Wednesday, June 13, 2018

Death by a Thousand Cuts: Privatization in American Education

Death by a Thousand Cuts

Death by a Thousand Cuts
Privatization in education has been slow but steady. It’s already crippling many public schools.

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When champions of market-based reform in the United States look at public education, they see two separate activities — the government funds education and the government runs schools. The first is okay with them; the second is not. Reformers want to replace their bête noir — the “monopoly of government-run schools” — with freedom of choice in a competitive market dominated by privately run schools that get government subsidies. Public funding, private management — the four words sum up American-style privatization whether applied to airports, prisons, or elementary and secondary schools.
In the last twenty years, the “ed-reform” movement has assembled a mixed bag of players and policies, complicated by alliances of convenience and half-hidden agendas. Donald Trump’s election and his choice of zealot privatizer Betsy DeVos as US secretary of education bolstered reformers but has also made more Americans wary. What follows is a survey of the controversial movement — where it came from, how it grew, and what it has delivered so far to a nation deeply divided by race and class.

The Backstory in Brief
In the latter decades of the nineteenth century, consensus grew around an expansive vision of education in which government plays a far-reaching role: schooling should be government funded and administered, universal, and compulsory until a certain age. In a nation that was increasingly industrialized and home to new immigrants, citizens expected public schools to accomplish a great deal, including impart general knowledge and practical skills, prepare young people psychologically and socially for self-sufficient adult lives, educate for democratic citizenship, unify a diverse population, and create opportunity for upward mobility. Over time, many Americans came to regard public education as a mainstay of democracy.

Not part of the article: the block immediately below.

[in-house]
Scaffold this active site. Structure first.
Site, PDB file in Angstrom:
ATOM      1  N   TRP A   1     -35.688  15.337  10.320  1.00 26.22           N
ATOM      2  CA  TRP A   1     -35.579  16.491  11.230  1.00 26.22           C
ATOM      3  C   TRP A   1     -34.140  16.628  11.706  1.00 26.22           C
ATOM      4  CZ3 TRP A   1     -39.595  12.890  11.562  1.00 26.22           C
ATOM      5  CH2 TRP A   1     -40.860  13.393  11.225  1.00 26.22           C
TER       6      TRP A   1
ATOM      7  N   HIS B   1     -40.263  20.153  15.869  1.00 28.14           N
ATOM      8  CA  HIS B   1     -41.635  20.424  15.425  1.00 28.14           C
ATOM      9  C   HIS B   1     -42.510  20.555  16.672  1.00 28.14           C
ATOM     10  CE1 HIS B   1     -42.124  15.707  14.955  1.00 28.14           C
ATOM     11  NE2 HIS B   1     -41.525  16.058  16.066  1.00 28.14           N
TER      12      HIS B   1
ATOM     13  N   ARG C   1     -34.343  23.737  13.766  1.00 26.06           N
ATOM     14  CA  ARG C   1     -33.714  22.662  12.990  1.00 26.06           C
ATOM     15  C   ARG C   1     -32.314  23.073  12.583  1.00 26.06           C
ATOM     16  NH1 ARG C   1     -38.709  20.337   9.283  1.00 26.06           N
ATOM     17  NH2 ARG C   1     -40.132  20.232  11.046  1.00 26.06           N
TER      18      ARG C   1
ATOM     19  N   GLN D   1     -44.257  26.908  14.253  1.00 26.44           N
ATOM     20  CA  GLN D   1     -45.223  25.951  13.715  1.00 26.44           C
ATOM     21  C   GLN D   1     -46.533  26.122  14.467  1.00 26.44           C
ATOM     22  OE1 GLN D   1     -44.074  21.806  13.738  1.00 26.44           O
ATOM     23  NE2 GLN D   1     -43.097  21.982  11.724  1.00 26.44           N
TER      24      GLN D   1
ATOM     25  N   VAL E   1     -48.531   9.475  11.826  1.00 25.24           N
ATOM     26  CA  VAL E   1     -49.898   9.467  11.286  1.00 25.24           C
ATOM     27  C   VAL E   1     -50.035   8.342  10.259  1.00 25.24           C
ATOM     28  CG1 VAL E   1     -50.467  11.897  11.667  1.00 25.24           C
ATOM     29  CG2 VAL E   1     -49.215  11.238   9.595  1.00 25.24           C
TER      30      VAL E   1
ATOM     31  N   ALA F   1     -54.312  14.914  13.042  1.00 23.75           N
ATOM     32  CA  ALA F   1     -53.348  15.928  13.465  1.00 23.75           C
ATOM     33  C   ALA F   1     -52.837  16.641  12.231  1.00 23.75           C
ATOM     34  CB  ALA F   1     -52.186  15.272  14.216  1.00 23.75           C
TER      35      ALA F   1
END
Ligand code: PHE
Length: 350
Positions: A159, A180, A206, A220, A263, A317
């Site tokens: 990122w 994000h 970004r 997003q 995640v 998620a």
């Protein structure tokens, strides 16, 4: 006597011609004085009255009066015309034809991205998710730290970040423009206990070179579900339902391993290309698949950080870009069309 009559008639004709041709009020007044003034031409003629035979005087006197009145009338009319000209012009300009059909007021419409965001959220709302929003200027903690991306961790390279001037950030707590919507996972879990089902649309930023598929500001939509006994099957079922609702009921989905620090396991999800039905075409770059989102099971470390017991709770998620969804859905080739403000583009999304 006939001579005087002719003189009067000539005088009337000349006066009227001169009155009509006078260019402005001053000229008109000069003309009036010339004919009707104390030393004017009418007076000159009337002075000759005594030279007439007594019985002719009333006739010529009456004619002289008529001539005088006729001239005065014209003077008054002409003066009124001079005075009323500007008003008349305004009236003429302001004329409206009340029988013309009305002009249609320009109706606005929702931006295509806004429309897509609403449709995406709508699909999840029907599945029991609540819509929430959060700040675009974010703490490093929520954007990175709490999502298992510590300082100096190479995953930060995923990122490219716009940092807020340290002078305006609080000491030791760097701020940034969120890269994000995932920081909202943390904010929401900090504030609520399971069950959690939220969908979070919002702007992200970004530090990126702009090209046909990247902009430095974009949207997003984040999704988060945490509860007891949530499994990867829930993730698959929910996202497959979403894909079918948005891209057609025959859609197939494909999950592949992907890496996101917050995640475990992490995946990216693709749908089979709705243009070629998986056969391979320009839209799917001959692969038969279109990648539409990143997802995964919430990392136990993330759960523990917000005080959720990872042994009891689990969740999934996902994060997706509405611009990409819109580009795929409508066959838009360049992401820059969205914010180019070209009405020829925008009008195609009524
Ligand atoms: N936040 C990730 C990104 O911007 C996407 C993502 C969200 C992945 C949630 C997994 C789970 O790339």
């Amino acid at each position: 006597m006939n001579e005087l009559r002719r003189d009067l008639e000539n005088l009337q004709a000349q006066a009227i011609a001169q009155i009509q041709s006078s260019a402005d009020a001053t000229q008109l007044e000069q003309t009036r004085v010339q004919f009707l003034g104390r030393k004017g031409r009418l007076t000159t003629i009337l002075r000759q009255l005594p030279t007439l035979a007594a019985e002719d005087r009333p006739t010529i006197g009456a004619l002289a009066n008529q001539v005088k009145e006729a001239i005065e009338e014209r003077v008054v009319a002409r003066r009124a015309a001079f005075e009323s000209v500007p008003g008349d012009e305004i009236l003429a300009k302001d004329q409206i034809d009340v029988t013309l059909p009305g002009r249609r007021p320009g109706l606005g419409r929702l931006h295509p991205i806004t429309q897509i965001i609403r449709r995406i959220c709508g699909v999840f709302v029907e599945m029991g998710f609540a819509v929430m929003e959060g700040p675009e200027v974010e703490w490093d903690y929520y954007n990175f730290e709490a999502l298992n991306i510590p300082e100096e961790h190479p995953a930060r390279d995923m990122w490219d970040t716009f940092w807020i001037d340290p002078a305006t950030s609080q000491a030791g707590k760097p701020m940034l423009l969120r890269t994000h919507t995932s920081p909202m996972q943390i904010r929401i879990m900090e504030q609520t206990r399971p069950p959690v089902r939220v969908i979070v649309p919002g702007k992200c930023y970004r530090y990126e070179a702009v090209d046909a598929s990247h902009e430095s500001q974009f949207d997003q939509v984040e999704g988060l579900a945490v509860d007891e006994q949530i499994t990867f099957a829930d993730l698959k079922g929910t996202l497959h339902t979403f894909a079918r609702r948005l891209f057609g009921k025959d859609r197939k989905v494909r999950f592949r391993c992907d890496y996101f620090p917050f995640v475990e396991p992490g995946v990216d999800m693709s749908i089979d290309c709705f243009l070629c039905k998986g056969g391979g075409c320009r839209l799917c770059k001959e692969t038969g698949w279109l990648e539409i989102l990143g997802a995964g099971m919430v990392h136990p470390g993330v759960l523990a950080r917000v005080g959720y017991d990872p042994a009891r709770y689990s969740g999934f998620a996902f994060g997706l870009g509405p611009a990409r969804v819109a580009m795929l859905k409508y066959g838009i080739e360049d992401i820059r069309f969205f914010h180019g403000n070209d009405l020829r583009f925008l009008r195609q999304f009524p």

The US constitution makes no mention of education, so the federal government had no specified role to play. Since the earliest days of the republic, local and state authorities shaped elementary and secondary (K-12) public education. Racial segregation in schools, which became the law in seventeen states and the norm almost everywhere else, was also a local and state matter. This did not change until 1954 when the US supreme court ruled that racially segregated public schools were “inherently unequal” and therefore unconstitutional (Brown v. Board of Education of Topeka).
When the federal government stepped in to enforce school desegregation, it met with fierce resistance. After several years of minimal progress, federal authorities resorted to court-ordered desegregation plans, which they imposed on school districts across the country, not only in the South. For the first time, government at the highest level assumed a significant role in K-12 schooling. In the mid-1960s and 1970s, the federal role expanded to include protecting the civil rights of all students and offering financial assistance to public schools with high percentages of low-income students.
In the 1980s, the political climate shifted. An international renaissance of laissez-faire economics, updated as “neoliberalism,” challenged the dominant Keynesian model of regulated markets. Governments around the world began to act on a suite of neoliberal principles: competition and choice in the free market are the best organizing principles for most human activity because they produce greater efficiency and higher quality; the role of government is to provide a framework that allows the market to function freely; most other government activity merely clogs the system with bureaucracy and special interests. Ruling elites believed that implementing these principles would solve high Continue reading: Death by a Thousand Cuts



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